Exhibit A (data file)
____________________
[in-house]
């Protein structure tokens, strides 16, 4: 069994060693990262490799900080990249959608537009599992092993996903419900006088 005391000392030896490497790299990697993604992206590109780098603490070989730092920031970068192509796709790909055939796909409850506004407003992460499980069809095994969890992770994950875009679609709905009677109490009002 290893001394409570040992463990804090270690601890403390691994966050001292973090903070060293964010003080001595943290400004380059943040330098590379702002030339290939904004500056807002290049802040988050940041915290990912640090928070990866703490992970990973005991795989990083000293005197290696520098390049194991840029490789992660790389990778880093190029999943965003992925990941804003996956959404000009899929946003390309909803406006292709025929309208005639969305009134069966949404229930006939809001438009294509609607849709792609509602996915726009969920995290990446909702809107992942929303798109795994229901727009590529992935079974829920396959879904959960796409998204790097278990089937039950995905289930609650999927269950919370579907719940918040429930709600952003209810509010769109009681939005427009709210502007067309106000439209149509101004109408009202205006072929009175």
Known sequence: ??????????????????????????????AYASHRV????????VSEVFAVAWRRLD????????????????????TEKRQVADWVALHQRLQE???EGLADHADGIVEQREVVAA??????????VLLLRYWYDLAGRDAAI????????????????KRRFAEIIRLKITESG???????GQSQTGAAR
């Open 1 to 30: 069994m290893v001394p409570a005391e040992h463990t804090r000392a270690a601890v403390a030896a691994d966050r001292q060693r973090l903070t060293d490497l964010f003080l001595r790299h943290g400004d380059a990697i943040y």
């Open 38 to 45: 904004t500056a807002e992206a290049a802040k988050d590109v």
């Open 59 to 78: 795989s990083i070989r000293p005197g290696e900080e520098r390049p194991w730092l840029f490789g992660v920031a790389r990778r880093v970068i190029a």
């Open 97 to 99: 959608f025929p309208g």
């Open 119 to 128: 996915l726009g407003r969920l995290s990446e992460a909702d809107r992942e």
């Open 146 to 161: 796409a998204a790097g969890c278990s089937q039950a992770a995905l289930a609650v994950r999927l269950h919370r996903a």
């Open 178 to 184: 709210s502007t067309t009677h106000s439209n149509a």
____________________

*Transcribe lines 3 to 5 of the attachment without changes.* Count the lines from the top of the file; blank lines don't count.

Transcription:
Known sequence: ??????????????????????????????AYASHRV????????VSEVFAVAWRRLD????????????????????TEKRQVADWVALHQRLQE???EGLADHADGIVEQREVVAA??????????VLLLRYWYDLAGRDAAI????????????????KRRFAEIIRLKITESG???????GQSQTGAAR
């Open 1 to 30: 069994m290893v001394p409570a005391e040992h463990t804090r000392a270690a601890v403390a030896a691994d966050r001292q060693r973090l903070t060293d490497l964010f003080l001595r790299h943290g400004d380059a990697i943040y």
């Open 38 to 45: 904004t500056a807002e992206a290049a802040k988050d590109v």